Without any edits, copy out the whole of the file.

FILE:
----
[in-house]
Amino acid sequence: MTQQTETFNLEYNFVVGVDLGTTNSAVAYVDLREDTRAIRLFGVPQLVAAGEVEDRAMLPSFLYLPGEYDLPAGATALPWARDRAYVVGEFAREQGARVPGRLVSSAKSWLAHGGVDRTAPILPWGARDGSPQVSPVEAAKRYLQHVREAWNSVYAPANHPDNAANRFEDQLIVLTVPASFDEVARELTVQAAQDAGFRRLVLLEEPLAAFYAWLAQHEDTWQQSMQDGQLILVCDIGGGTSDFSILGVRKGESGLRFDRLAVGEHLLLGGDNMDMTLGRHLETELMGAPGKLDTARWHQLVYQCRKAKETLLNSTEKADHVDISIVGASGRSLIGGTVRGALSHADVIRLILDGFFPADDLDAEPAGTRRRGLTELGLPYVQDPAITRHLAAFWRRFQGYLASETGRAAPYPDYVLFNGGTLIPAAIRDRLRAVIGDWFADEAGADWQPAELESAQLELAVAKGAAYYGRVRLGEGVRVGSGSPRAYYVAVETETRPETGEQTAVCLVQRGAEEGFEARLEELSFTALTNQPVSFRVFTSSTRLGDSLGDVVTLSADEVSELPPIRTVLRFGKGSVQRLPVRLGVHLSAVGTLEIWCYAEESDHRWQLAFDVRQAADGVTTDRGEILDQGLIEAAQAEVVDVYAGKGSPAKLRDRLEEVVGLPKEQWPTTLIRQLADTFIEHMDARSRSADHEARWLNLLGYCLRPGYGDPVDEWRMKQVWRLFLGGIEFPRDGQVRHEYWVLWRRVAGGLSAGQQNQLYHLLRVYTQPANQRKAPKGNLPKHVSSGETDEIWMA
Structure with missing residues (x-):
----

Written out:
[in-house]
Amino acid sequence: MTQQTETFNLEYNFVVGVDLGTTNSAVAYVDLREDTRAIRLFGVPQLVAAGEVEDRAMLPSFLYLPGEYDLPAGATALPWARDRAYVVGEFAREQGARVPGRLVSSAKSWLAHGGVDRTAPILPWGARDGSPQVSPVEAAKRYLQHVREAWNSVYAPANHPDNAANRFEDQLIVLTVPASFDEVARELTVQAAQDAGFRRLVLLEEPLAAFYAWLAQHEDTWQQSMQDGQLILVCDIGGGTSDFSILGVRKGESGLRFDRLAVGEHLLLGGDNMDMTLGRHLETELMGAPGKLDTARWHQLVYQCRKAKETLLNSTEKADHVDISIVGASGRSLIGGTVRGALSHADVIRLILDGFFPADDLDAEPAGTRRRGLTELGLPYVQDPAITRHLAAFWRRFQGYLASETGRAAPYPDYVLFNGGTLIPAAIRDRLRAVIGDWFADEAGADWQPAELESAQLELAVAKGAAYYGRVRLGEGVRVGSGSPRAYYVAVETETRPETGEQTAVCLVQRGAEEGFEARLEELSFTALTNQPVSFRVFTSSTRLGDSLGDVVTLSADEVSELPPIRTVLRFGKGSVQRLPVRLGVHLSAVGTLEIWCYAEESDHRWQLAFDVRQAADGVTTDRGEILDQGLIEAAQAEVVDVYAGKGSPAKLRDRLEEVVGLPKEQWPTTLIRQLADTFIEHMDARSRSADHEARWLNLLGYCLRPGYGDPVDEWRMKQVWRLFLGGIEFPRDGQVRHEYWVLWRRVAGGLSAGQQNQLYHLLRVYTQPANQRKAPKGNLPKHVSSGETDEIWMA
Structure with missing residues (x-):